Allen's Blog
February, 2013

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Firefall Photo-Ghillie

"Last Light on Horsetail Fall" by Galen Rowell

Yesterday’s NY Times had a great feature about one aspect of outdoor photography that I had never encountered – the phenomenon of “firefall” as it pertains to the effect of the setting sun on Horsetail Fall in Yosemite National Park. Best thing is to just read the piece, by Malia Wollan with pictures by Times staffer Jim Wilson.

Although photographers since the mid-1800s have been photographing in Yosemite, it was the great photographer Galen Rowell who is credited with being the first to make the image (Last Light on Horsetail Fall). According to the article, Michael Frye’s 2009 book The Photographer’s Guide to Yosemite identifies the optimal yearly window as Feb. 16-23.

Anyway, it appears that hundreds of photographers from all over the world stake out the best positions to make the picture (assuming clear weather and enough water to actually create the waterfall. Which brings us to Downton Abbey. And what connection can there possibly be between the PBS series and firefall in Yosemite? Start with a small excerpt from the article: “Some arrived with personal photography tutors, cradling high-end digital camera and huge telephoto lenses worth thousands of dollars.” Now if you saw the last couple of episodes of Downton, set in the Scottish highlands, you saw the gentry hunting for deer, accompanied by “ghillies,” defined as the Scots term for men who accompany hunters or fishermen. More than just accompany, they locate the prey, set up the shooting position, load the guns, and arrange everything so that their “master” has only to pull the trigger and go home with his trophy.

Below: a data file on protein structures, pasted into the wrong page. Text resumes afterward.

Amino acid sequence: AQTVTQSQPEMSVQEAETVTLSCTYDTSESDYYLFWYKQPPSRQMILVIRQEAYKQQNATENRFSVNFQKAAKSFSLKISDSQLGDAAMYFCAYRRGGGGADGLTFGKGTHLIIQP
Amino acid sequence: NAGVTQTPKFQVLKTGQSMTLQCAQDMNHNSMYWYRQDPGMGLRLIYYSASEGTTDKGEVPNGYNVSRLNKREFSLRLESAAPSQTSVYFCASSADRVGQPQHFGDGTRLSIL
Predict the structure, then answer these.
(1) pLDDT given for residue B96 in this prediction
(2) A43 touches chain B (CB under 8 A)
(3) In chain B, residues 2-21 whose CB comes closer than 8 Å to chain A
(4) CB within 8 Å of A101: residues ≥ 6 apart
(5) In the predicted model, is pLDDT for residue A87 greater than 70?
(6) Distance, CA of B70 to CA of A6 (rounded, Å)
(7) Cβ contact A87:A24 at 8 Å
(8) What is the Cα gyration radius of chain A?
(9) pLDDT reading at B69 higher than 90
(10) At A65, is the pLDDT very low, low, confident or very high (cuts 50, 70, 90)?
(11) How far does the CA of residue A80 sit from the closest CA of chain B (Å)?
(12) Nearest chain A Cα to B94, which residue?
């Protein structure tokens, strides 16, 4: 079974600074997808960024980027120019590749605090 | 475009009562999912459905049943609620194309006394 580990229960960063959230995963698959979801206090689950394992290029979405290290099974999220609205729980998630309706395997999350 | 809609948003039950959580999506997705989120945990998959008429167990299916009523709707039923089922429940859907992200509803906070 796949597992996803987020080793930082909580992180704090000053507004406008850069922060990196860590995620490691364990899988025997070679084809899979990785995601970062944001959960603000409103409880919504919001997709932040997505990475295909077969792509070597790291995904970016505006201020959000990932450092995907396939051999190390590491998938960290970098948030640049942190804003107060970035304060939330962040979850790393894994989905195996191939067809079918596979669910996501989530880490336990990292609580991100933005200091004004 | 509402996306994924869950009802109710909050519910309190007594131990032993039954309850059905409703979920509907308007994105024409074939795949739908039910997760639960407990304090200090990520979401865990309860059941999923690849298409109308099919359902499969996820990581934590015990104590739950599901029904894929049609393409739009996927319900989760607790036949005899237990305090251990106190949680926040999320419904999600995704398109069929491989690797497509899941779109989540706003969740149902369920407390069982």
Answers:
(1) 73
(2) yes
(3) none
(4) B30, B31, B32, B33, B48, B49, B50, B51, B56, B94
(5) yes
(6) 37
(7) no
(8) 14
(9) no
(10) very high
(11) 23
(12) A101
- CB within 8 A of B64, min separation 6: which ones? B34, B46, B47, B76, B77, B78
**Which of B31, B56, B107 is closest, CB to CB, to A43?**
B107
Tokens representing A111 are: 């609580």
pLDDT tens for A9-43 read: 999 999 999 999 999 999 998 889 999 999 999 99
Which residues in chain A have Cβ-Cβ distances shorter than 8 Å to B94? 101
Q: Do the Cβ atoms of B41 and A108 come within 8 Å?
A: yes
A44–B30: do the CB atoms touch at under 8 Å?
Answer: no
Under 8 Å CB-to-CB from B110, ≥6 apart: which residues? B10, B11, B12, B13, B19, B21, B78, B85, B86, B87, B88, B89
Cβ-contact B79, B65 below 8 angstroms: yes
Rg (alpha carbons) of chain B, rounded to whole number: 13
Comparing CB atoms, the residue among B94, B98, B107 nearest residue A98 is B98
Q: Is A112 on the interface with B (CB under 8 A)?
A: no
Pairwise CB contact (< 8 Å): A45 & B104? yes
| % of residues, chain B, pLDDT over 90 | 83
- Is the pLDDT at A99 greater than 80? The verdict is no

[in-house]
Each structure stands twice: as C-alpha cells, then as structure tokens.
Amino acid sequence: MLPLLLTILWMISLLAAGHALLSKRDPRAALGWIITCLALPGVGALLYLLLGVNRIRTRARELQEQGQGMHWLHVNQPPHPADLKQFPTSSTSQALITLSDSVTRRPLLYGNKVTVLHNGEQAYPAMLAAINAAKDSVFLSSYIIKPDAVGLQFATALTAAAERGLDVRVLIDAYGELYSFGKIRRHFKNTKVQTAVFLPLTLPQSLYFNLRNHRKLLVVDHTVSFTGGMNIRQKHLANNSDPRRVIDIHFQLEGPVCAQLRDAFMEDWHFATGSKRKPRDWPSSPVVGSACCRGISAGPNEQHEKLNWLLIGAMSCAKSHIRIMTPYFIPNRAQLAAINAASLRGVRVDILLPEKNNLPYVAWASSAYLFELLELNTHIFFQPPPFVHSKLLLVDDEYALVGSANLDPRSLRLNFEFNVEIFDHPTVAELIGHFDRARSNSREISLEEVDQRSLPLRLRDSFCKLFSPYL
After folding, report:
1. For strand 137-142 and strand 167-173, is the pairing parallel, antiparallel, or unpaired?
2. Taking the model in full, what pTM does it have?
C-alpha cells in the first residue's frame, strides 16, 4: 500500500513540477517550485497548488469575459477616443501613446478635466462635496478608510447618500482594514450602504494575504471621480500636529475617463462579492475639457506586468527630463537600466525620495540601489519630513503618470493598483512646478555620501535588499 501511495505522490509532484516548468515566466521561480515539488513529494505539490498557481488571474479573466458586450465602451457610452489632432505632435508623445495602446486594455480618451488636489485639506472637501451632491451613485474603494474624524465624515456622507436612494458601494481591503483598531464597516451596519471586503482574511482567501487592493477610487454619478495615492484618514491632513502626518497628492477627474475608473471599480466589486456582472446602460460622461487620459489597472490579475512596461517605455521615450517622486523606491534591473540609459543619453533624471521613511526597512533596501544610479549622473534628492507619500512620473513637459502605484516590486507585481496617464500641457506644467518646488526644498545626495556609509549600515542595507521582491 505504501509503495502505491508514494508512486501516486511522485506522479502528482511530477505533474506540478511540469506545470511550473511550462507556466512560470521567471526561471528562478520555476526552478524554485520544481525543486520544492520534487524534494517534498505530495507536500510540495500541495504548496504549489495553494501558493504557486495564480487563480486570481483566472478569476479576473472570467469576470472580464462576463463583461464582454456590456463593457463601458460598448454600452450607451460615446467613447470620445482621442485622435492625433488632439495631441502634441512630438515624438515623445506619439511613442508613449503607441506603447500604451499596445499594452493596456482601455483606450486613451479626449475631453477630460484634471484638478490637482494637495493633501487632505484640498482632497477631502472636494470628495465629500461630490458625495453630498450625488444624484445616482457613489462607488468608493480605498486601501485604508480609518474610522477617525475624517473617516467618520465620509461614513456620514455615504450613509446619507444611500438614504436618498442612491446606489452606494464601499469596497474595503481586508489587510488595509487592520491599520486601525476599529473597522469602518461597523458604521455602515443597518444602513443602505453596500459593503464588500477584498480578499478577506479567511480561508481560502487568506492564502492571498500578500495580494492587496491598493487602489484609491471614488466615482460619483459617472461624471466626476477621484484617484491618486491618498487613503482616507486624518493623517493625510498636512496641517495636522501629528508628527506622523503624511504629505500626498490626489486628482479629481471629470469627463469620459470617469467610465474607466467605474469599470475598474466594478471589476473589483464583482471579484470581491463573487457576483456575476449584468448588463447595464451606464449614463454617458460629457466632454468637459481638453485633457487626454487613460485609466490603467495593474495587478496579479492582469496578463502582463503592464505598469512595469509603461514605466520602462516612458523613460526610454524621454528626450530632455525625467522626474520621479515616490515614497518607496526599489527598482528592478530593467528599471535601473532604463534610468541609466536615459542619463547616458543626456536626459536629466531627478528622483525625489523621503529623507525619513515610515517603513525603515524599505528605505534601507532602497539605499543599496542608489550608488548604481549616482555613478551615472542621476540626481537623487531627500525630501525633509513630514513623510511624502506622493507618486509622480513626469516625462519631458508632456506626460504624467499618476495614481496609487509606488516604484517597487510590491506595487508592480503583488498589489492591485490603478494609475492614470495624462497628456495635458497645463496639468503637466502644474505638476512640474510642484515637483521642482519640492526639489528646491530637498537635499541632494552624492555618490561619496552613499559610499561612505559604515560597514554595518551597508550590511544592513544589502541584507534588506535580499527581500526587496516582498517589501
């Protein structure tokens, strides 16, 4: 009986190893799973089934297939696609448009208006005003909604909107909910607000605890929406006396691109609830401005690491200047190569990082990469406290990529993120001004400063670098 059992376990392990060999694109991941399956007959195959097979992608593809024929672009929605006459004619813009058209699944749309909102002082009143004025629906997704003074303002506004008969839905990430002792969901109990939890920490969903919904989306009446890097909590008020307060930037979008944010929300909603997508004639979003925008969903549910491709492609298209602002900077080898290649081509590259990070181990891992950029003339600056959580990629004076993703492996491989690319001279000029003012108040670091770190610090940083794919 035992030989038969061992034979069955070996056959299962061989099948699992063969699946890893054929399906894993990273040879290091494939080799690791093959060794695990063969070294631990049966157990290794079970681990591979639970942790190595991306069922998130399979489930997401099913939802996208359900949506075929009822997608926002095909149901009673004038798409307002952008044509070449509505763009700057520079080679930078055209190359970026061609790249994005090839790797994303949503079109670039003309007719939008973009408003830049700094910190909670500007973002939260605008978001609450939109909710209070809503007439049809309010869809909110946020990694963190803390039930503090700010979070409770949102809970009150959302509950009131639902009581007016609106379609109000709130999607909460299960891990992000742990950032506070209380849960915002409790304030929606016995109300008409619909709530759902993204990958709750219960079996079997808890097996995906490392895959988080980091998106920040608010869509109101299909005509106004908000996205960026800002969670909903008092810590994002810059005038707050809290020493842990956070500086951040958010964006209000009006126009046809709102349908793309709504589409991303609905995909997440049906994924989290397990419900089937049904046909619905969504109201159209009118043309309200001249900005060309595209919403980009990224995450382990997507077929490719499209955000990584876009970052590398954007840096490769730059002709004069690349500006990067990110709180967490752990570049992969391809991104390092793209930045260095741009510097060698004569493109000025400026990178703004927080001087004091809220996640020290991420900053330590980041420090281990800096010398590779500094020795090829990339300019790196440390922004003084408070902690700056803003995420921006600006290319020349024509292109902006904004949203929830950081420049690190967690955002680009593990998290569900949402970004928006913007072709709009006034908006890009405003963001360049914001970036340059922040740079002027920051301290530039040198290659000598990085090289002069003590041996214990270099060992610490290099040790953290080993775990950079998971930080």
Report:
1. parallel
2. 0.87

And so how is that different from having your personal photography tutor (ghillie), who gets you to that prime viewing spot at the right time on the right day, helps you choose the correct lens and all the camera settings, so that you can frame your very own trophy and claim the image as your own?  I’ve also read that in earlier days there was a ghillie-weetfit whose job it was to carry his master over streams. Chances are that you could find that person today, if the price is right. Of course a D800 with 400mm/f4 lens, sturdy tripod, and camera bag weigh more than a deer rifle.

Of course, there is another answer – just be there, experience a moment of profound beauty, and if you must, whip out your iPhone and take a quick shot for the kids.

Dave Powers’ JFK Memorabilia to Be Sold at Auction This Month

In November 1973, The New York Times Magazine marked the 10th anniversary of John F. Kennedy’s assassination with a piece about the men (yes, it was an all-male cohort) closest to the president. I was assigned to travel and photograph them all. Some of the names, even now, are more familiar than others: McNamara, Bundy, Salinger, etc. But certainly the most interesting to me was Dave Powers, who was thought by most to be JFK’s best friend.

Dave Powers, JFK's assistant

Powers, who had met Kennedy during his first run for Congress in 1946, held the title of Special Assistant in the White House and was in the car behind the president in Dallas when JFK was killed. Powers became the museum curator of the John F. Kennedy Library, in Boston, a post he held from 1965 until 1994. He died in 1998, at age 85, and now a huge collection of memorabilia that belonged to the “First Friend” is going up for auction in Amesbury, Massachusetts on February 17th.

I first learned of the sale from a piece on NBC Nightly News late last month (embedded below), and then went to my archives to find the pictures I had made almost 40 years ago.  The obituary published in The New York Times is a fascinating bit of political history all by itself.

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